Usurious horribilus

RANGE: Anywhere between inexplicably expensive and temporarily exorbitant, the High Interest Wraith can be found on either the downturn or the upswing. Wherever a small deposit will hold or no serious offer is refused, he makes his mortgaged home.
HABITS: He whispers in our ears with unnatural, will-melting charm: Ever think you could own a potentially lucrative and prestigious dew worm ranch? Well, for a limited time only, at a price you can afford! Sound good? That’s not all . . . If you buy now, we will throw in that second house you’ve always dreamed of and never thought you could afford. That’s right! A vacation home for you and the family, fabricated of longlasting pressboard, with plenty of air holes for the kids! Originally designed to house prize Labradors, these genuine jerry-built units are selling for just twice the original cost! For customers who act after reading this, we also have available a limited number of US Army surplus jeeps, originally advertised for fifty dollars— now they can be yours at a price so surprising you will be amazed! A flickering light in the night, he sings to us in a voice full of promise: If after you have taken advantage of these amazing offers you still have any money left wasting away in outmoded savings accounts, we are prepared to give you one year’s free investment management! If you are not completely satisfied with your investments after fifty-two weeks, you may file for bankruptcy in any recognized court. . . Just a minute there, friend . . . Money-loving High Interest Wraiths are about to foreclose on Oklahoma. Again.
HISTORY: A European fairy of no fixed nationality, the High Interest Wraith’s interest has varied with the times but has always remained a couple of points above prime. His coffers have fattened in many a famine; plagues have contributed to the health of his accounts. He has been an architect of the American economy ever since arrival here. The High Interest Wraith has constructed Teapot Domes, pyramid schemes, tax shelters, investment houses, decorative financial columns, ground floors to get in on and collapsible financial structures, but never, never, a wage/price ceiling. Like, many fairy folk, he is a shape shifter, and in 1929, he changed himself from a bull into a bear, whereafter thousands of investors came crashing to the street from the sills and ledges of the castles in the air which he had made for them. Today, he sometimes disguises himself as a tv pitch man, a telephone solicitor, and an economic advisor with a smile as broad as a Laffer curve.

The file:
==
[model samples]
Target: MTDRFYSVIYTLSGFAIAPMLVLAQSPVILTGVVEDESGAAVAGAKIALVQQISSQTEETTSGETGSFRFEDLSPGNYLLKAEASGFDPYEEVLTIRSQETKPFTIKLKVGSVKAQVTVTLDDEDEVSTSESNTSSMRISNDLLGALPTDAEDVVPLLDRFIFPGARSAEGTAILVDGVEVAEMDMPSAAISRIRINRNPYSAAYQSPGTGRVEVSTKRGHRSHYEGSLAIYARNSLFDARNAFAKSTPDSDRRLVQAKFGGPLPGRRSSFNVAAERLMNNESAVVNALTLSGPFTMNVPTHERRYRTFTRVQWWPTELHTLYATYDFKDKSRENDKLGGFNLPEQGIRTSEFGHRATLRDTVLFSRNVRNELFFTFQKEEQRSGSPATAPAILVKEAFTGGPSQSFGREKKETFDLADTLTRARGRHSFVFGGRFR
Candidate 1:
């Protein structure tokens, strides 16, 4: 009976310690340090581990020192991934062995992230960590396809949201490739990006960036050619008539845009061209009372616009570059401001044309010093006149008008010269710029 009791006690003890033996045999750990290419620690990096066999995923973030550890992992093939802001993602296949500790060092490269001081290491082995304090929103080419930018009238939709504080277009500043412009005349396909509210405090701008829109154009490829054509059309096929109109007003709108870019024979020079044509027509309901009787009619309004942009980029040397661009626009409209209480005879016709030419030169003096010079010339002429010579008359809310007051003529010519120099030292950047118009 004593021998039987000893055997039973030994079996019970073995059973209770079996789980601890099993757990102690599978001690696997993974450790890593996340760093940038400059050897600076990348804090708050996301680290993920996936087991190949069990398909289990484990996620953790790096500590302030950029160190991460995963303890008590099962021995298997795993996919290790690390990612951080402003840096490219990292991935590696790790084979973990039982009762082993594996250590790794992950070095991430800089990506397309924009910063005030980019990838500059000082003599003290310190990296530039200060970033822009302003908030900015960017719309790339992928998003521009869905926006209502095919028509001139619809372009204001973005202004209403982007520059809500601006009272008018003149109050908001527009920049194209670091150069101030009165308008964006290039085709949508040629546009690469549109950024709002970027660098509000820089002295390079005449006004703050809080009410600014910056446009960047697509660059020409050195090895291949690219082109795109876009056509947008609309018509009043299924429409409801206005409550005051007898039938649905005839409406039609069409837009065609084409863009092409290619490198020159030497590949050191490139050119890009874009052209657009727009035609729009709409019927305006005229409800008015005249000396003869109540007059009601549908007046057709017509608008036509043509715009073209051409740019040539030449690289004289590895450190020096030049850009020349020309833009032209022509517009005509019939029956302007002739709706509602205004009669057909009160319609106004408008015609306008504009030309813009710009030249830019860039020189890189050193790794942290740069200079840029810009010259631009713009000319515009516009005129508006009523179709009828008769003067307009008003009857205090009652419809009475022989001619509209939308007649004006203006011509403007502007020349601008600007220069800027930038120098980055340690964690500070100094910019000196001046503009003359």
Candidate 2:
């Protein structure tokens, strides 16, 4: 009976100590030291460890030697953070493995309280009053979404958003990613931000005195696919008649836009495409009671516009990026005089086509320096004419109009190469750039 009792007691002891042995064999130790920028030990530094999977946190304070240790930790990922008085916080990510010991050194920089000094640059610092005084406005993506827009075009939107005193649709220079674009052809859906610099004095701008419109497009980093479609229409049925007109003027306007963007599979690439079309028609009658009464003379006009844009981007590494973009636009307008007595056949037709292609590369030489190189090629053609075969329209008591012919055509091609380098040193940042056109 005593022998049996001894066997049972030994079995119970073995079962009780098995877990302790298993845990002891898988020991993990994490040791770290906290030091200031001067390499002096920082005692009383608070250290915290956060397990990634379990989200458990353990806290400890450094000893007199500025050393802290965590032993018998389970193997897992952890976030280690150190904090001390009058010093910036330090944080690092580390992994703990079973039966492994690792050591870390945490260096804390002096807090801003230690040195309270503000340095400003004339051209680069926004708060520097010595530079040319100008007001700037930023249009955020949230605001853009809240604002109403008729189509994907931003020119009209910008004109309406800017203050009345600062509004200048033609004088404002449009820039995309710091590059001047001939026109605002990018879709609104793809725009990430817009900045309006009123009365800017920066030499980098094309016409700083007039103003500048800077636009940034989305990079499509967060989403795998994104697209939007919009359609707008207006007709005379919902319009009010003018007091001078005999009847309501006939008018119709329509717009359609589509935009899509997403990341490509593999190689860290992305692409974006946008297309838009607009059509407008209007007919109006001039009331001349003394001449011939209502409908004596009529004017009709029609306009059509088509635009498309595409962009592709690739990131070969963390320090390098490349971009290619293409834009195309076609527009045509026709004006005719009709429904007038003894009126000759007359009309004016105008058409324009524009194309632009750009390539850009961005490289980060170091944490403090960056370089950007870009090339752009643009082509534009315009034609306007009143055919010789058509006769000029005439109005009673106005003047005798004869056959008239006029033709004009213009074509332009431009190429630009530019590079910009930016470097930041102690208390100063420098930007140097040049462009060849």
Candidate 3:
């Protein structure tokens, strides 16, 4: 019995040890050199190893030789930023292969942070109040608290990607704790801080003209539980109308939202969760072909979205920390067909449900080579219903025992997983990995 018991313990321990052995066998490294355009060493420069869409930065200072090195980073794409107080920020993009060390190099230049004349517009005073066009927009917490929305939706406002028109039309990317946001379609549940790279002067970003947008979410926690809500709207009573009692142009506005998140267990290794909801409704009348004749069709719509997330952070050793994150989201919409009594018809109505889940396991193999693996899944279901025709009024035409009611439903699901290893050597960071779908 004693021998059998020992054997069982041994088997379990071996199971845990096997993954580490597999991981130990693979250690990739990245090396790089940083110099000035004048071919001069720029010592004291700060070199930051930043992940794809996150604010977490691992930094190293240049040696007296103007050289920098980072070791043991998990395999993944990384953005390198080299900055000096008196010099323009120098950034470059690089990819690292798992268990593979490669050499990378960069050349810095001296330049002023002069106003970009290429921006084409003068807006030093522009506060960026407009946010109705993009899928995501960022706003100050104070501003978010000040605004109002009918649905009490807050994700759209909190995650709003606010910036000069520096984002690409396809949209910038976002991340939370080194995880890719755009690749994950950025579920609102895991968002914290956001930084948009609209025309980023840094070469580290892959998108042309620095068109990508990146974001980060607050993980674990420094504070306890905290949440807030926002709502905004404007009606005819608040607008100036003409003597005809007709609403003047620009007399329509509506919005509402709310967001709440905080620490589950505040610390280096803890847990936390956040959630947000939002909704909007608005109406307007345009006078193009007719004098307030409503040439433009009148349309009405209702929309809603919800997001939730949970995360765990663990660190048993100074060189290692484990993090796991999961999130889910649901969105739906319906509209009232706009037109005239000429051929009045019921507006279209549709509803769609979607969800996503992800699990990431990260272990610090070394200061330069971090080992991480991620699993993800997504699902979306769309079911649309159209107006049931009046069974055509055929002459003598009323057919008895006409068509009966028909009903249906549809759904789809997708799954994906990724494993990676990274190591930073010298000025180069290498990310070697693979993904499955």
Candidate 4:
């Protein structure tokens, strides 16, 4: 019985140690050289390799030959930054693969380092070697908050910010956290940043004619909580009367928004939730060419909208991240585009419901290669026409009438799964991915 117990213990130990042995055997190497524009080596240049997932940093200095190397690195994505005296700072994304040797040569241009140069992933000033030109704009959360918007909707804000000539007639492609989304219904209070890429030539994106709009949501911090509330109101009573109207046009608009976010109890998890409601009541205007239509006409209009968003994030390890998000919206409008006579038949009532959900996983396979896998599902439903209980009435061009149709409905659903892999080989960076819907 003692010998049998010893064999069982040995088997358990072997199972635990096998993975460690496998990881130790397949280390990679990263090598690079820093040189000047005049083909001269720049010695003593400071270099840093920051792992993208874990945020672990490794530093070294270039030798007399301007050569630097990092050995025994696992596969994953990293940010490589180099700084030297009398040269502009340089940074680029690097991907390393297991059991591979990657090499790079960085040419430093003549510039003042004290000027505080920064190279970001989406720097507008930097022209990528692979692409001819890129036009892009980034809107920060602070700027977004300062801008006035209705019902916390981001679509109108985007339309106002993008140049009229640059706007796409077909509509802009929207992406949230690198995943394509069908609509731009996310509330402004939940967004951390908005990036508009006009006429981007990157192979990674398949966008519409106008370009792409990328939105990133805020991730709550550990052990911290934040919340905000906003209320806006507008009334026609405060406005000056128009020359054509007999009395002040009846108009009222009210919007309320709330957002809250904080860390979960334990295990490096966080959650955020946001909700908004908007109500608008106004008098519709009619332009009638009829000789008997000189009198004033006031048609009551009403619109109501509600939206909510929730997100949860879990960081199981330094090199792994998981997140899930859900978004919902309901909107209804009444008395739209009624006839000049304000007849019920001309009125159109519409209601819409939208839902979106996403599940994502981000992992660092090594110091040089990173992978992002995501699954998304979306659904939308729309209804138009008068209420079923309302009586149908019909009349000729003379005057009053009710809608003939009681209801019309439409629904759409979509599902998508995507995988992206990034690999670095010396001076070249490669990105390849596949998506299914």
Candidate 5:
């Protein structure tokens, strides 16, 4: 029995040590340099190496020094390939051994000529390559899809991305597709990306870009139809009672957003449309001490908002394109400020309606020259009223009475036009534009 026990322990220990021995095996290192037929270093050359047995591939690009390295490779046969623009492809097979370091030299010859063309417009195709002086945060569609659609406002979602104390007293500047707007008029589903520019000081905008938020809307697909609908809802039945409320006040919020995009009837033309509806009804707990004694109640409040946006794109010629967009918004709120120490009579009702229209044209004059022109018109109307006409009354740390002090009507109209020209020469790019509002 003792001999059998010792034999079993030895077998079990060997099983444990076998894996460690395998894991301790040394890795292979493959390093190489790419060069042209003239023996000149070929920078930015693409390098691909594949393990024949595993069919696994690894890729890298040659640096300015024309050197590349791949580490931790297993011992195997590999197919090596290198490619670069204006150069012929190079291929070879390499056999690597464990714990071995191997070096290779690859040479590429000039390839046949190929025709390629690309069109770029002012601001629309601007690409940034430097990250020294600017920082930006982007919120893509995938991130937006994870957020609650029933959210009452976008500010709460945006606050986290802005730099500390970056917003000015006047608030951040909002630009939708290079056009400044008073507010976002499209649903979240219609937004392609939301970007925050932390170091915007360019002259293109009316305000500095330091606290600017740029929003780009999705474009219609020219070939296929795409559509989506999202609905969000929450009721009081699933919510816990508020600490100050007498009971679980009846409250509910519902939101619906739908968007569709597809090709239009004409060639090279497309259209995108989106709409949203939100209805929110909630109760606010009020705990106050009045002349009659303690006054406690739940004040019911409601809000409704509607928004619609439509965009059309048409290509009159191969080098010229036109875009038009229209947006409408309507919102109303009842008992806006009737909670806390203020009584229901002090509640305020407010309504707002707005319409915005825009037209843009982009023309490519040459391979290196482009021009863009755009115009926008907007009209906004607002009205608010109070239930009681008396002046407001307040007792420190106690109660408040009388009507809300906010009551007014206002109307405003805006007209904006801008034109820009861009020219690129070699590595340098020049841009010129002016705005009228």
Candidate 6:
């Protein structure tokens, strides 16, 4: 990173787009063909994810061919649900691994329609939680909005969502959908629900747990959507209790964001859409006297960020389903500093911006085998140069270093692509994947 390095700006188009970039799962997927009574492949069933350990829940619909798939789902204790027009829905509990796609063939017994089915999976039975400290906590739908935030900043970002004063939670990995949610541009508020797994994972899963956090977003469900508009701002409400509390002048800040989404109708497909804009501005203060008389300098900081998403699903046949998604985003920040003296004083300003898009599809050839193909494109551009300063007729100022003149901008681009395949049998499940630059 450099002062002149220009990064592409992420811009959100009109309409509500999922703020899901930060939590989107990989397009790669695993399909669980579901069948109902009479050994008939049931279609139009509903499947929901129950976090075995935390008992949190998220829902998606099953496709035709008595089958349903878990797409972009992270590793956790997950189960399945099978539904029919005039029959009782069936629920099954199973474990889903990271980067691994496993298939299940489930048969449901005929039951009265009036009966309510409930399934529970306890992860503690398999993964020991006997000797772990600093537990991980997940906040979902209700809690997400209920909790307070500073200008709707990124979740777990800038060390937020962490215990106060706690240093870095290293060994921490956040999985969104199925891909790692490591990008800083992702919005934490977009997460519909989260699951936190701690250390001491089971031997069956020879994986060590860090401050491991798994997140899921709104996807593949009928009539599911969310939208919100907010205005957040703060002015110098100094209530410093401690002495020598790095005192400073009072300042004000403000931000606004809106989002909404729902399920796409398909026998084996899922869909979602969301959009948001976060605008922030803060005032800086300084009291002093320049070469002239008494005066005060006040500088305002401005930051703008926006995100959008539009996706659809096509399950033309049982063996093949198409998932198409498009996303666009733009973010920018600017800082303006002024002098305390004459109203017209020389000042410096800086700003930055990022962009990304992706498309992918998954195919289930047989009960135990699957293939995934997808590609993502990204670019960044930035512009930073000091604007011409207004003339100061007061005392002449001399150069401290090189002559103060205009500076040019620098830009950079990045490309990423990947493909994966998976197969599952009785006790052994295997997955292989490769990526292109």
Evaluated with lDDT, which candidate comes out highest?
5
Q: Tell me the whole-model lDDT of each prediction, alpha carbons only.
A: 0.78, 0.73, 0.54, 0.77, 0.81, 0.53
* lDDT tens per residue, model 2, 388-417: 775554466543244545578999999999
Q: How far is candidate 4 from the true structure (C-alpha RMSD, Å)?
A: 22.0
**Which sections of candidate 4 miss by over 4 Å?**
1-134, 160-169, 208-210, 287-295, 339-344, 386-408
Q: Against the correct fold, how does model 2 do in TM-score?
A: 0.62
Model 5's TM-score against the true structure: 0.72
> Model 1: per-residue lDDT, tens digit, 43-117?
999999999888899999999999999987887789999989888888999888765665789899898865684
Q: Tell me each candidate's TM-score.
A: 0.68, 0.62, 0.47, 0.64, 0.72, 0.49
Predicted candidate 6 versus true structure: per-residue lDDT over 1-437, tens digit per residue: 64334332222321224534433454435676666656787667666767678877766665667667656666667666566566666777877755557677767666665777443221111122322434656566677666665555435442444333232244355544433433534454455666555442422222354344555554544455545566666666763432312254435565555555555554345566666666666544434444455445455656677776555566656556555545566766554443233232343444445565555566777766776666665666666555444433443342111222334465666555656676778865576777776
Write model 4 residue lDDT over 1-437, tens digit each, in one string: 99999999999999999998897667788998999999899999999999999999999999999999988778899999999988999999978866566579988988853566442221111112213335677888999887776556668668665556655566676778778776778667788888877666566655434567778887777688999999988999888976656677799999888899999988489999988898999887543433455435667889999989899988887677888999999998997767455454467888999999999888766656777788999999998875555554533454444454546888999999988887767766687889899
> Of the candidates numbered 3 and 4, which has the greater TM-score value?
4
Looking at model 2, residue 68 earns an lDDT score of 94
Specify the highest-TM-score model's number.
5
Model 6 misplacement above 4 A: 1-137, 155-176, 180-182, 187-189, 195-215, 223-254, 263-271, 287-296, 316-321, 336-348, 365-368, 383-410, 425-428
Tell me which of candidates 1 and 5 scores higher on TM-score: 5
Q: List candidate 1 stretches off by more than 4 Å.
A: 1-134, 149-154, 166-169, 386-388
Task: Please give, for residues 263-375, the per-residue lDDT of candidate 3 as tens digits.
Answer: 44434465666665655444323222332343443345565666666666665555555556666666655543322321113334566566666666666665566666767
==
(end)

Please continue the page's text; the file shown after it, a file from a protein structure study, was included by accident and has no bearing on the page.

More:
SPOTTER’S TIPS: By these signs shall ye know the High Interest Wraith: depressed bond market, men in top hats selling apples, fewer housing starts, station wagons full of farmers heading for California, tightened money supply, big movie musicals featuring aquatic ballet, inventory financing difficulties, and boxcar-riding folksingers.


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